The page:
Fistful of Lead (Reloaded)
A gaming buddy in Tucson, Bill Bushong (YouTube channel), invited me to a game today. Given that his schedule and mine rarely meshed, it has been a while since I have gamed with Bill as his terrain is always outstanding (as you will see). Now that I am retired and healed, I was able to synch with his schedule and we met up to play an Old West scenario using the rules Fistful of Lead (Reloaded) (FoLR). As I had never played these rules – although I watched The Joy of Wargaming YouTube channel use them – I went ahead and bought them thinking that this was Bill's Old West go-to rules.
I read through the rules portion (skipping the scenarios, campaign material, and such) and realized that somebody I had been watching plays them "wrong". (Actually, I think it would be more accurate to say he intentionally plays a specific game mechanic wrong in order to facilitate decision making while gaming solo.) These rules are pretty simple and clean. Only two things came up where we played it wrong and only one thing was not spelled out sufficiently where it required we come to an agreement, during the middle of a game, on how to interpret it. Bill being the easy-going guy that he is decided to go with my interpretation, as it would affect us equally in a positive way.
FoLR uses cards to handle activation and sequencing. Each player is dealt one card per model. The player takes those cards into a hand and plays them during the turn. The cards are called out from King down to Deuce in turn and if a player has one of those cards he activates one of his figures that have not yet been activated and takes two actions. (Aces and Jokers are wild, meaning you can assign them a value of any other card.) Some cards have special effects, such as allowing a player to reload without having to take an action, add +1 to shooting, or heal 1 wound. Once all cards are played by both sides, the cards are shuffled and the next turn started.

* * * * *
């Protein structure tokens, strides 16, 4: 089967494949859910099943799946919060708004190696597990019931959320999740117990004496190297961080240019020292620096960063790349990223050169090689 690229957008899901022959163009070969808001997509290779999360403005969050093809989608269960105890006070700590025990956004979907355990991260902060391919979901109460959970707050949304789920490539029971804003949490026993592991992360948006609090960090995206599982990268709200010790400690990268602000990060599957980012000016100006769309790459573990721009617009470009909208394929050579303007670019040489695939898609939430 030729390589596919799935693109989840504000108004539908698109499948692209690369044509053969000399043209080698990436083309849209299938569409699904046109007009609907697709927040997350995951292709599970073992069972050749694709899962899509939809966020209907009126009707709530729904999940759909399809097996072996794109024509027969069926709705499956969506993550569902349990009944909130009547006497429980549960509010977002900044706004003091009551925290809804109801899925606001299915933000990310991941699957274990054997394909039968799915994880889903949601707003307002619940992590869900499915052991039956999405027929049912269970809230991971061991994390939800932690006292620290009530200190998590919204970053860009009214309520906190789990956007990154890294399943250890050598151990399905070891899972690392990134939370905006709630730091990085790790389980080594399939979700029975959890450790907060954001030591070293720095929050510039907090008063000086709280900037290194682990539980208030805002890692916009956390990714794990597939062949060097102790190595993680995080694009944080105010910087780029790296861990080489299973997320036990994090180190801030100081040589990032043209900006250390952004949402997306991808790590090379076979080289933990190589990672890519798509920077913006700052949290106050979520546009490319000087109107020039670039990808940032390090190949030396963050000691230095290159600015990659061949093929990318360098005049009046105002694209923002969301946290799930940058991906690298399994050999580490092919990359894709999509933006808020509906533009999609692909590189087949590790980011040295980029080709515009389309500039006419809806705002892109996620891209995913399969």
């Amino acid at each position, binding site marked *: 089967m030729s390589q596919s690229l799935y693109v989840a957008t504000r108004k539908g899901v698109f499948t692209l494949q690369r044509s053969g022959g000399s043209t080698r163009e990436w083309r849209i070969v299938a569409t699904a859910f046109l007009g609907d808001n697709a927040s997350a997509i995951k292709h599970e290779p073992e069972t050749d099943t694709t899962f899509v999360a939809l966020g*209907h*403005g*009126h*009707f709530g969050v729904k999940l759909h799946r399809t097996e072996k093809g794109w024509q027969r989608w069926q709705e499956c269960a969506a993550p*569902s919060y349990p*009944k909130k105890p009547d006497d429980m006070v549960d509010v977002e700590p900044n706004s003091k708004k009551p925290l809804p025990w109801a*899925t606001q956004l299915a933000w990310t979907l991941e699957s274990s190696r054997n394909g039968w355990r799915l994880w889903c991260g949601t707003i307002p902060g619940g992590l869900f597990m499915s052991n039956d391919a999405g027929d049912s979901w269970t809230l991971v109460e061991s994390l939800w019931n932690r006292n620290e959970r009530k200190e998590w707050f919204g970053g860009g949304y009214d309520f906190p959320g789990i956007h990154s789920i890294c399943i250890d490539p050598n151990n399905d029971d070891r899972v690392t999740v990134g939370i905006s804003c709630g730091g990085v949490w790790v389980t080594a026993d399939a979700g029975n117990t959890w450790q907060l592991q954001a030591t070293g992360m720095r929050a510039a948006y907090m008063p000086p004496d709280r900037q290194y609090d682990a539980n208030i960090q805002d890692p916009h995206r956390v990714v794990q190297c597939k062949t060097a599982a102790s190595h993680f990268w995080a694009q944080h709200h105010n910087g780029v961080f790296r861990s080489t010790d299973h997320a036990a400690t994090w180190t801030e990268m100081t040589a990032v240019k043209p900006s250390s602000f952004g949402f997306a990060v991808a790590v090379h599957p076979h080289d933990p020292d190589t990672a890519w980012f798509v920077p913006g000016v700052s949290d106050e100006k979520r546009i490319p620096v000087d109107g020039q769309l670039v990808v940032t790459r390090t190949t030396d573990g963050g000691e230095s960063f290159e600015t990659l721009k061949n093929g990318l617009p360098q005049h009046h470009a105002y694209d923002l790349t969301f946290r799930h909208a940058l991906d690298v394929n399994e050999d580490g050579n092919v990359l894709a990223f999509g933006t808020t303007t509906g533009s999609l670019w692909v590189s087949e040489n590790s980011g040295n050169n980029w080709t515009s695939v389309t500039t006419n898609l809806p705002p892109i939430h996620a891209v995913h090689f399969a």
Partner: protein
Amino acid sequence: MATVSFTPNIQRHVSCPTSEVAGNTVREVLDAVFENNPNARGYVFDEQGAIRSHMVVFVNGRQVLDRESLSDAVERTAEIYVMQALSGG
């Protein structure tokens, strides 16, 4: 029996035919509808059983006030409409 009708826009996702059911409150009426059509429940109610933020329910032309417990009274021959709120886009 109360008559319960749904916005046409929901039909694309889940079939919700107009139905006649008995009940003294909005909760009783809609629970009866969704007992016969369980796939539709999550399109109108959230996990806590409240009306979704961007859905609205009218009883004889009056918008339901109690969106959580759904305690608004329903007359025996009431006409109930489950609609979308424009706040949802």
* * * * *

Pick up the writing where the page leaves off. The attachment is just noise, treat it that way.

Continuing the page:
It is interesting to note that Bill and I did not shuffle the deck until it was exhausted, rather than shuffling at the start of each turn. I actually preferred this method because once the special cards are played, you know they won't come up again until the deck is reshuffled. So the odds are not constant from turn-to-turn and card counting actually has a use.
The basic actions a figure can take are move, shoot, aim, reload, climb, jump, etc. Because you have two actions you can mix and match them in the order you want (move then shoot, shoot then move, etc.), allowing a player to use micro-tactics. There is no holding of actions (i.e. overwatch), so no complicated rules regarding that. Simple, like I like it.
Basically you have a target number for short range firing and another for long range firing. If you moved, or the enemy moved this turn, that gives a -1 penalty (each). Each wound taken also grants a -1 penalty. Finally soft and hard cover grant a -1 and -2 penalty, respectively. That is pretty much it. There are a few other special case modifiers (card special effects, being pinned, etc.), but it is all very easy to keep in your head. A '1' is out of ammo and a '10' is always a hit.
If you roll the target number or higher on a 1D10 (1D12 for a crack shot; 1D8 with a green horn) you have hit your target. You then roll a 1D10 to wound the target. (This may also be modified by a weapon, such as a shotgun at close range.) The wounds can be Pin (go to ground), Wounded (three wounds = dead), and Dead.
This is an opposed 1D10 die roll (with a few modifiers) between the two sides. The highest roller wins. For every point of difference between the two modified rolls 1D10 is rolled to wound.
All of the effects rolled are applied. (Close combat is deadly!) The worst effect rolled is applied.